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209

German, late 13th/ early 14th century and later

Pair of Panels with Saint Peter and Saint Philip

Property of the Counts of Schönburg-Glauchau

German, late 13th/ early 14th century and later

German, late 13th/ early 14th century and later

Pair of Panels with Saint Peter and Saint Philip

Pair of Panels with Saint Peter and Saint Philip

Authenticity guarantee

What is guaranteed?

Property of the Counts of Schönburg-Glauchau

German, late 13th/ early 14th century and later

Pair of Panels with Saint Peter and Saint Philip


stained and leaded glass

63.5 by 24cm., 25 by 9½in. and 63 by 24.5cm., 24¾ by 9⅝in.

The following condition report is based on the report prepared by Dr Heather Gilderdale Scott, which is available upon request.


The panels appear to be comprised very predominantly of medieval glass.


The panels are currently in a generally very good condition. The leads (modern, but not brand new) are firm; the glass has relatively few cracks (some repaired); and pitting and deposits are light.


The plain, slender yellow glass borders are not a typical feature of glass of this date and origin, and may represent patching (with medieval glass) of an area commonly disturbed when panels are removed from their original contexts. There are a few modern glass patches, including to the blue ground of Saint Philip. There appears also to be painting, throughout, on the reverse of some pieces to reinforce the original painted detail. There are also possible patches of overpainting to the front of a small number of pieces.


Please note that Condition 12 of the Conditions of Business for Buyers (Online Only) is not applicable to this lot.


The lot is sold in the condition it is in at the time of sale. The condition report is provided to assist you with assessing the condition of the lot and is for guidance only. Any reference to condition in the condition report for the lot does not amount to a full description of condition. The images of the lot form part of the condition report for the lot. Certain images of the lot provided online may not accurately reflect the actual condition of the lot. In particular, the online images may represent colors and shades which are different to the lot's actual color and shades. The condition report for the lot may make reference to particular imperfections of the lot but you should note that the lot may have other faults not expressly referred to in the condition report for the lot or shown in the online images of the lot. The condition report may not refer to all faults, restoration, alteration or adaptation. The condition report is a statement of opinion only. For that reason, the condition report is not an alternative to taking your own professional advice regarding the condition of the lot. NOTWITHSTANDING THIS ONLINE CONDITION REPORT OR ANY DISCUSSIONS CONCERNING A LOT, ALL LOTS ARE OFFERED AND SOLD "AS IS" IN ACCORDANCE WITH THE CONDITIONS OF SALE/BUSINESS APPLICABLE TO THE RESPECTIVE SALE.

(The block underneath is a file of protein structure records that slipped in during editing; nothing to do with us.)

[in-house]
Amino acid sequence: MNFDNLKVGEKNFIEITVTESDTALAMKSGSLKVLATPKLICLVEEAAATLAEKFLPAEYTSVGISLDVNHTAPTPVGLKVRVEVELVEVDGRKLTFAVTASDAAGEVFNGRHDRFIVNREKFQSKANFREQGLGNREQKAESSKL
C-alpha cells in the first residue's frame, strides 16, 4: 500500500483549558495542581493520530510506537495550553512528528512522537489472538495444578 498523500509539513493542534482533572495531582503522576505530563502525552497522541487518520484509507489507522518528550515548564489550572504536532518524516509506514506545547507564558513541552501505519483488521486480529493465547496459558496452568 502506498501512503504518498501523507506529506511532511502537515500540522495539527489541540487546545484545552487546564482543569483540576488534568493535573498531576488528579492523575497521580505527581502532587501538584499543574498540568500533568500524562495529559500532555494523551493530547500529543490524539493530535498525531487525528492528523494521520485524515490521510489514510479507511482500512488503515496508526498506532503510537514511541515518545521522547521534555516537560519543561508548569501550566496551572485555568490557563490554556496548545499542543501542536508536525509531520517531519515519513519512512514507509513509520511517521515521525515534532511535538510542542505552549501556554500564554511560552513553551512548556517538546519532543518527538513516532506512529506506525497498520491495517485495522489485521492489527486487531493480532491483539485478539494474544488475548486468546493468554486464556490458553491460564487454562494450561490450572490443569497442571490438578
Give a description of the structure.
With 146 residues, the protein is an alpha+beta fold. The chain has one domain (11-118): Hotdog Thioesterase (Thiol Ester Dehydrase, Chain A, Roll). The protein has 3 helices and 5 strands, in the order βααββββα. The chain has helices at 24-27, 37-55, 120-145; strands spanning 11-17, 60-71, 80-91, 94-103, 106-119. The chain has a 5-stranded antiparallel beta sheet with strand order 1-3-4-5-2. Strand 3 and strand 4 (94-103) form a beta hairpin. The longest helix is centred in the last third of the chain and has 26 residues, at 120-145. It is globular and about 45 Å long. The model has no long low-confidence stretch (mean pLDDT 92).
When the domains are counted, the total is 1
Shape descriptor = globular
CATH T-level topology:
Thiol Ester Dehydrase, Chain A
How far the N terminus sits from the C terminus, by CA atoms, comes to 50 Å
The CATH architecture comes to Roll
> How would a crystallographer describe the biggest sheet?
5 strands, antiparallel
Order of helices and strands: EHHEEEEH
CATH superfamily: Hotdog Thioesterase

Counts of Schönburg-Glauchau, Schlosskirche, Wechselburg, before 1928;
Familienverein der Grafen von Schönburg-Glauchau e.V., 1928-1946;
Counts of Schönburg-Glauchau, since 1946;
On loan to the Katholische Kirchengemeinde Christi König, Kötzschenbroda/Radebeul near Dresden, 1928-2022

Together with the preceding lot, these characterful panels depicting Saint Peter and Saint Philip form a valuable and largely original testament to the art of stained glass in medieval Germany. Saint Peter is represented with a short curling beard holding the key and a book, while Saint Philip is identified through his attribute of the double cross. Probably once part of a larger set of panels depicting the Twelve Apostles, the figures are marked by a fine rendering of their hair and beards and the folds of their drapery. In their frontal depiction, the apostles may be compared to a panel with Christ as Salvator Mundi from Kirchberg in Lower Austria, circa 1310, now in the Hessisches Landesmuseum, Darmstadt (op. cit., no. 66).


Although it is uncertain whether they originate from this church, the panels were certainly housed in the Schlosskirche at Wechselburg before 1928. The monastery of Wechselburg (Zschillen) in Saxony was founded in about 1168 by Dedo von Rochlitz-Groitzsch. As a result of an exchange of territory following its dissolution in 1534, the monastery came into the possession of the Counts of Schönburg, one of the oldest aristocratic families in Europe. Converted into a castle complex in the following centuries, the late Romanesque church with its famous rood screen and triumphal cross group underwent little change until the 19th century. With the conversion of the line of Schönburg-Forderglauchau-Wechselburg to Catholicism in 1869, extensive building work took place between 1871 and 1884, during which the interior of the church was decorated in a historicist style. The present panels are recorded to have been on display in the Schlosskirche before 1928, when it was open to visitors as a church museum. While a Saxon origin of the glass has not been proven, it is possible that they were incorporated into the windows of the Wechselburg Schlosskirche before its remodelling in the late 19th century. Substantially damaged during World War II, the Schlosskirche was restored again from the 1950s. Having attained the rank of a minor basilica, Wechselburg is now home to a Benedictine monastery and is a site of pilgrimage.


RELATED LITERATURE

S. Beeh-Lustenberger, Glasmalerei um 800-1900 im Hessischen Landesmuseum in Darmstadt, Frankfurt am Main, 1967


The present lot is the subject of a report by Dr Heather Gilderdale Scott, which is available from the department upon request.


Sotheby’s is also grateful to Dr Markus Mock for his helpful comments based on photographs of the panels.